Ten Reasons I’m Thankful I Went to Wild Mountain

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Back on November 15th of last year, I took a deep breath as I clicked the “Complete Transaction” button to send in my initial deposit on the last day of early bird pricing for the first ever Wild Mountain Memoir Writer’s Retreat in Leavenworth, Washington. I told myself it would be okay as I exhaled slowly. I didn’t exactly know how I’d pay for the entire trip, but I did have a part-time job that provided a steady stream of additional income, so I figured we would make it work. Somehow. Besides, I had asked for my husband’s blessing before going ahead to book my ticket. He was 100% supportive, as always.

Little did I know just how much of an impact this writer’s retreat would have on my work, let alone on who I am as a person in general. It’s a little unreal how much a beautiful resort, jaw-dropping scenery, incredibly brilliant and inspiring published authors as instructors and presenters, fresh organic gourmet food, and vivacious, supportive, funny and highly social attendee writers can impact one’s sense of purpose in the world. But, man, I can honestly say that I came home a more empowered writer and person in general.

In January I booked my flight using frequent flier miles we had been saving up for a rainy day. (The retreat was in Seattle, I take that as a sign from up above for many reasons, rain being one.) I decided to take an early flight out on Thursday before the retreat, in order to give myself an entire day and a half to settle in and adjust somewhat to the 3-hour time change before the retreat officially started on Friday evening. That proved to be one of the best decisions I made in booking the trip. I had a great flight out to Seattle from DC, and enjoyed the next 24 hours relaxing, exploring the resort, and writing while listening to Ed Sheeran’s new album on repeat before the rest of the retreat-goers arrived on Friday night at 5:30pm.


Then it got wild.


Here are my Ten Reason’s I’m Thankful I Went to Wild Mountain:

10. A mountain resort set withing the picturesque and uber-relaxing Cascades Mountains. I seriously was in complete awe of the beauty that surrounded us the entire weekend. From the snow-capped mountains to the bubbling waterfall with it’s soothing melody. It was the perfect setting for writing, reading, and learning.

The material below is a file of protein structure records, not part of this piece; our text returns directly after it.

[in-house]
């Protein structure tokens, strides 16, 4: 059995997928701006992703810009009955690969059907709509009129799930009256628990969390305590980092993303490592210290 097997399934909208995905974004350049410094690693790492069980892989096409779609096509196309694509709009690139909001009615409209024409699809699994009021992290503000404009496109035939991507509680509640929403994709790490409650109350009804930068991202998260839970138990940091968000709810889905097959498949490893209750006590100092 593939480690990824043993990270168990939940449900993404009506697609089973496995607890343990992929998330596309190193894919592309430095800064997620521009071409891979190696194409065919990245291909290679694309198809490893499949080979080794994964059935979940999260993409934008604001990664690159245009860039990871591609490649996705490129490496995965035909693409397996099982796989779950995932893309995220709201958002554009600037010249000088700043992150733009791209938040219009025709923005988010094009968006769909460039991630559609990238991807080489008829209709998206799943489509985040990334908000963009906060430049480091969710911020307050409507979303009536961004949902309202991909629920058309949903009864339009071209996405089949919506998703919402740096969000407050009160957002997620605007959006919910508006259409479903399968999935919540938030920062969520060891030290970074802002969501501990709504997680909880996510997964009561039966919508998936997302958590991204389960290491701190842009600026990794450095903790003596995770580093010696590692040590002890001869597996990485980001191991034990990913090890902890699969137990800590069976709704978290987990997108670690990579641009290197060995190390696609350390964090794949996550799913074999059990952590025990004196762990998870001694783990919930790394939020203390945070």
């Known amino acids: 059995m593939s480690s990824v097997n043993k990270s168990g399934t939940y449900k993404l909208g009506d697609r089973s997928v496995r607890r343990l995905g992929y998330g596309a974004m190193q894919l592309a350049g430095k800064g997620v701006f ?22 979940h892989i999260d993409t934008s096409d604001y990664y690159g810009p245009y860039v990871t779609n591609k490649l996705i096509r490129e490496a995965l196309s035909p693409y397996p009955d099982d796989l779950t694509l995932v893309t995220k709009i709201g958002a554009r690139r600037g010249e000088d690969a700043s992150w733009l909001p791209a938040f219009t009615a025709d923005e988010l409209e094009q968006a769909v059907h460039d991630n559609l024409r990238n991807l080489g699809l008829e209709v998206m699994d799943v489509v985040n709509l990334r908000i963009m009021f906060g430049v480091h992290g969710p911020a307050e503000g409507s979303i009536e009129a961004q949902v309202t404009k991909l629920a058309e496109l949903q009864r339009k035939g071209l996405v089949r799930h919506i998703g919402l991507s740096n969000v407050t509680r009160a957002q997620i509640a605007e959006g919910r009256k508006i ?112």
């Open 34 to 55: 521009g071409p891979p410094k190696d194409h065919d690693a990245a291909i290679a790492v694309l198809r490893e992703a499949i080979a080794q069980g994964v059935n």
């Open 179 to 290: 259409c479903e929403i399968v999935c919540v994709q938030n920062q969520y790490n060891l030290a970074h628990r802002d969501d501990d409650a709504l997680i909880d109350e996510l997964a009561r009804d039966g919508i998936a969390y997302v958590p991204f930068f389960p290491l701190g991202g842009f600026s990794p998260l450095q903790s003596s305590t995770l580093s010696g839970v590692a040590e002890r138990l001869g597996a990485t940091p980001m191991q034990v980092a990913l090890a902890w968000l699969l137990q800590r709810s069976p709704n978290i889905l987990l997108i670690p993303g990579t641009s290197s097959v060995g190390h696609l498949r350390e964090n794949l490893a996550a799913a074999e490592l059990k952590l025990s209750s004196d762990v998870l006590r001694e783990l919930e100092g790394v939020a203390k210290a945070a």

9. The food was simply incredible. Top-of-the-line gourmet, organic, fresh and delicious. I fed my body just as well as I fed my writer’s soul last weekend.

8. A break from the reality and stress of everyday life. I packed for an adventure, and it was one heck of a ride from start to finish. I’m still glowing from the whole of it all.

7. Community. From the moment I met my roommate, Natalie, to the last hug goodbye at the airport, for forty-eight hours I was wrapped in a sense of comfort knowing that I was surrounded by my people. My tribe, as I like to call them. Writers who write and who truthfully share their stories for the greater good of people who read them.

6. Hands-on instruction from rock-star authors who so generously and passionately offered up their best knowledge on the craft of memoir writing. Techniques, tips, and tidbits of advice were wrapped with gorgeous bows for us. I am so very grateful to Ariel Gore, Candace Walsh, Suzanne Finnamore, and Theo Pauline Nestor (and Scott, for encouraging her to just go for it and host the retreat) for making the magic happen. Sitting next to Cheryl Strayed after her keynote address (written specifically for us) was a dream come true. She took her time in signing my three books and gave me a hug at the end. She is so amazing. My favorite piece of wisdom from her talk was to write until you find the bigger picture. I learned that I need to find a universal thread for my memoir in order to make it a book which many people will want to read. I’m happy to report that I think I found that universal thread during Theo’s two classes and I can’t wait to start sewing my story together with it.

5. Meeting a blogger who I deeply admire and respect. The witty and beautiful Ann Imig won the Writer.ly 6-word memoir contest and received a scholarship to attend the conference. Ann is the brainchild behind Listen To Your Mother, “a national of live readings by local writers in celebration of Mother’s Day,” which was born in her hometown of Madison, Wisconsin, and has grown to 24 cities this year. I was so honored to have met and gotten to know her over the weekend and am now privileged to call her a friend.

4. Feeling like I was back in college again. The resort had a cabin set-up, and each cabin had between one to four beds, so we were grouped based on the package we selected. I chose a room with one roommate and was so perfectly matched with Nat, who ended up becoming my best friend at the retreat solely based on the fact that she and I just “clicked“. On Saturday afternoon, she wrote in our free time, and ended up reading me what she wrote, to which I promptly replied, “Nat, that’s your first blog post right there.” We spent the rest of the break before dinner creating her very own blog, It Will Never Happen 2 Me, and then went to the bar for a celebratory drink. So fun to be a blog instructor for a few hours.